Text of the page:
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How Effective are Unilateral, Targeted Kill/Capture Operations as Part of United States Counterterrorism (CT) Strategy Against Al Qaeda (AQ) and Its Affiliates?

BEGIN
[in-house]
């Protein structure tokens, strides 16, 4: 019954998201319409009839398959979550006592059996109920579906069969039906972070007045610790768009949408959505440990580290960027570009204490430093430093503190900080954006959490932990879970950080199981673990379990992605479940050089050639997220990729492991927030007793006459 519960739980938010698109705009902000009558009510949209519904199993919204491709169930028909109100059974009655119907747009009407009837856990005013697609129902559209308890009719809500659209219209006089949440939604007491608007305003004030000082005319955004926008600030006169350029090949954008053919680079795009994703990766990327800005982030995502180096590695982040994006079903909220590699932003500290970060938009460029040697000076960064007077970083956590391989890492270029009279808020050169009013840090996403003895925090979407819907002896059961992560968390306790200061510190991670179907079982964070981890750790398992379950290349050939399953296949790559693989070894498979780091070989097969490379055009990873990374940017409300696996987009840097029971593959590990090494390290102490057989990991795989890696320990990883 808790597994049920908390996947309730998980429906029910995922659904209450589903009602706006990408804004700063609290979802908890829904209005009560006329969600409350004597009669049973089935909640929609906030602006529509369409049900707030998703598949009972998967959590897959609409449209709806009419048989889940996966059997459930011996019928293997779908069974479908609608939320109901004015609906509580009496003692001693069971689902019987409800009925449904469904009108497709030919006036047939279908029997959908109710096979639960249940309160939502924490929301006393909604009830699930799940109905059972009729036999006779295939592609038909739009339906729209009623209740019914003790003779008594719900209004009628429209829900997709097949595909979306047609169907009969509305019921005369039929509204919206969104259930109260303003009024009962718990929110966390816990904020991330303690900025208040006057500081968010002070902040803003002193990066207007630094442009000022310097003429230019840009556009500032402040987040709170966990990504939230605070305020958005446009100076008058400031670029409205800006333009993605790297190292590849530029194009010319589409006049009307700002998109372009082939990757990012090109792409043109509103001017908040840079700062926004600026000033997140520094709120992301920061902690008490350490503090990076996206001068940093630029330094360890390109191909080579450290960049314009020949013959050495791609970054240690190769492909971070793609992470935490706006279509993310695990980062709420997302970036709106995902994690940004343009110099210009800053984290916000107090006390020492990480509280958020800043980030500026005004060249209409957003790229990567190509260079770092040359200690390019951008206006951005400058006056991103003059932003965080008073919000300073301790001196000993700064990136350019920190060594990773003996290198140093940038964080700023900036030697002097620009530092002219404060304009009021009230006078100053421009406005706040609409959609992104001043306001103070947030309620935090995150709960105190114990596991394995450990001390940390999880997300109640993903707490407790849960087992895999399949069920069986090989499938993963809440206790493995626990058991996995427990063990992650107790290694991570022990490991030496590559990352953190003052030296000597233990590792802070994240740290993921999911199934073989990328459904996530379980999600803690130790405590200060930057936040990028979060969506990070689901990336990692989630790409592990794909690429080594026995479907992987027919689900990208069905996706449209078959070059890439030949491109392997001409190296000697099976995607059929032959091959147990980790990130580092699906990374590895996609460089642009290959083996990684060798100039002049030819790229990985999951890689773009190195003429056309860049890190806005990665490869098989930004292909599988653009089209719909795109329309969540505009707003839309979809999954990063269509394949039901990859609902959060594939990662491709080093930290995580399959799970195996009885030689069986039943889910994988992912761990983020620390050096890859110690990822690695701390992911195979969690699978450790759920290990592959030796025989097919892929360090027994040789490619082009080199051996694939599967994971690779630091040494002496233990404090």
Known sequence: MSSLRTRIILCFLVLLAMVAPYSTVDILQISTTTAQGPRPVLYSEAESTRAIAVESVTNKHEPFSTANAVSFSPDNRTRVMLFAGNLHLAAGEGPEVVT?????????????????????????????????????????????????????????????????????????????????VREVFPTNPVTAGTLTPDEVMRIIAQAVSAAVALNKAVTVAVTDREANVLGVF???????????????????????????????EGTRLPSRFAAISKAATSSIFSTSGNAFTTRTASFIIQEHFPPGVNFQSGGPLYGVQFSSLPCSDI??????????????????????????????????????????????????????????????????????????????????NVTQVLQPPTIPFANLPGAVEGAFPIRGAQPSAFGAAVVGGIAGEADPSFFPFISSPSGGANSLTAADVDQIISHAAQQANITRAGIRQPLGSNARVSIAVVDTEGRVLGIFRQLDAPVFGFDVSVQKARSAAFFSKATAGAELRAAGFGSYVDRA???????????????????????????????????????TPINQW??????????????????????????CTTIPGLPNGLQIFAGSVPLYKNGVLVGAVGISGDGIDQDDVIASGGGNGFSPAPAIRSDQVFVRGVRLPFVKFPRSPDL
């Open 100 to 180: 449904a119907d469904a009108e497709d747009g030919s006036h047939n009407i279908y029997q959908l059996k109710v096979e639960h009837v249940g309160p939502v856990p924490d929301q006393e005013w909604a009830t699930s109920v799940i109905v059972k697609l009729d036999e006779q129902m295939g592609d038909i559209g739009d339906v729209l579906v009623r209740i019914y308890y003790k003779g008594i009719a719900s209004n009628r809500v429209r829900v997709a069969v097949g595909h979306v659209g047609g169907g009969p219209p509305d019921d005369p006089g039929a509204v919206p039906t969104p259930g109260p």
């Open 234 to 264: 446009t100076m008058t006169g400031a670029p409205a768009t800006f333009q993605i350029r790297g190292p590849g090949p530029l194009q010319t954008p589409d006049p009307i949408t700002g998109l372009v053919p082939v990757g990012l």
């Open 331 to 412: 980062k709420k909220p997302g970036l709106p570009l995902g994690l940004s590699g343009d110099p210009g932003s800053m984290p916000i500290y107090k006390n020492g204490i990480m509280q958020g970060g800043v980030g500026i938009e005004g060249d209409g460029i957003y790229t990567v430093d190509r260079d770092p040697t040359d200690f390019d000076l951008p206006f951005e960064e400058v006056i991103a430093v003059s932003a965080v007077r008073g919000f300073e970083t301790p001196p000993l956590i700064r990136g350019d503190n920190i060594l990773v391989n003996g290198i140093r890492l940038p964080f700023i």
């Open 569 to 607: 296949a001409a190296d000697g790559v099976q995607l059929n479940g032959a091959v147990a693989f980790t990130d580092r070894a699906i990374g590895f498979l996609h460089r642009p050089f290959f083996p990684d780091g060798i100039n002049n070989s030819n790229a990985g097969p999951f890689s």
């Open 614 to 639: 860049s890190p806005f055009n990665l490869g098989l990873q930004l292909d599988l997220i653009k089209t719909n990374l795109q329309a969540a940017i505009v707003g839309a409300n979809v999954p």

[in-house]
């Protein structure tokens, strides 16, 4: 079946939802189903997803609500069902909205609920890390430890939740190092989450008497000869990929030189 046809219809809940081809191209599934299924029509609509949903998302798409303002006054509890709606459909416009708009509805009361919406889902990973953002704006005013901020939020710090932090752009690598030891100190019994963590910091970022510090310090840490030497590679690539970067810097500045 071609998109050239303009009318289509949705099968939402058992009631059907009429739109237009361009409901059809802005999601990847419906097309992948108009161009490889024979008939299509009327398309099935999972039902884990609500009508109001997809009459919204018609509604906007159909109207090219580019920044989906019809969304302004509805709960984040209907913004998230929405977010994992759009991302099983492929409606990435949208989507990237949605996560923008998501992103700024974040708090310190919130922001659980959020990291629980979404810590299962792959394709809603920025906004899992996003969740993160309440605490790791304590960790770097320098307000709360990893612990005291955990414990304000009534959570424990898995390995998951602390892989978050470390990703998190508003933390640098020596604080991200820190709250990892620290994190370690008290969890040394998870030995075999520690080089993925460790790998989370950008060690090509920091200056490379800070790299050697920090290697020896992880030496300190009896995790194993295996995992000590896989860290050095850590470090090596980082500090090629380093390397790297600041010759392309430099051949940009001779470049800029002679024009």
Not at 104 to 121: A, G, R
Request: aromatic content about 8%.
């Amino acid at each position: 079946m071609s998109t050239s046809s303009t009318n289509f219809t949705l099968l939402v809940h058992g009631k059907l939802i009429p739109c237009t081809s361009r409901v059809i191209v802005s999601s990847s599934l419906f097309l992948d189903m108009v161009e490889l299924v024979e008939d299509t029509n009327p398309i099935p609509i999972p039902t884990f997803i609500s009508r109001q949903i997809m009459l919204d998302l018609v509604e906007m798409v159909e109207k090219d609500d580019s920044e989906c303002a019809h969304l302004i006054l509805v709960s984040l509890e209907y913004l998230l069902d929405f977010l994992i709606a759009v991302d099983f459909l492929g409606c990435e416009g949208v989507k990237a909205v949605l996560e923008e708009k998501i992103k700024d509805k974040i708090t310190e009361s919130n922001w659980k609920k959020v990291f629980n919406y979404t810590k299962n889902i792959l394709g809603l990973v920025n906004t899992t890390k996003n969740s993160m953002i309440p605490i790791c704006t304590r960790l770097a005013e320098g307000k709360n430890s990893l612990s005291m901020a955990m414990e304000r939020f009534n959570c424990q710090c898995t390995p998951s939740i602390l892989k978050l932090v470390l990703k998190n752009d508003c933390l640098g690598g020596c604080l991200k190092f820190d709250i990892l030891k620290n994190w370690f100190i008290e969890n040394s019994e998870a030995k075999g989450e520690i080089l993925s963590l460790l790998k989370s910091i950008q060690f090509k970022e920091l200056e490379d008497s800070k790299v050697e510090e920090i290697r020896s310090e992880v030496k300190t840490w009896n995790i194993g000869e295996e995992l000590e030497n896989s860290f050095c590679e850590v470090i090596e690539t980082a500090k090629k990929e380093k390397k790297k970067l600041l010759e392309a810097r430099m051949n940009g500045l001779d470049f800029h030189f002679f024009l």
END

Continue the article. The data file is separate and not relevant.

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A key component of U.S. Counterterrorism strategy since the Al Qaeda attacks against America on September 11, 2001 has been the use of targeted kill/capture operations. These operations have had a short-term, negative effect on the AQ networks ability to plan and conduct large-scale terrorist attacks against U.S. interests by denying terrorist leaders the ability to plan at the operational level. Yet the tactic of targeted kill/capture operations has proven to be controversial with those who reject the U.S. notion of an armed conflict with AQ. Criticism has arisen over the secrecy surrounding the targeted kill/capture program, lack of accountability of the tactic, and civilian deaths. The blurring of international treaty law and the expansion of the tactic of targeted killings has tarnished the U.S.s international reputation as an upholder of the rule of law. To achieve the longer term national security aims of defeating AQ, the U.S. should: recalibrate and refocus efforts on diplomatic, informational, and economic responses to the threat; declare an end the to war against AQ and prosecute future disrupt operations against AQ under International Human Rights Law; consider unilateral kill/capture operations as a last resort against clear and imminent threats under the notion of self-defense; and focus SOF on capacity building partner nations CT capabilities.



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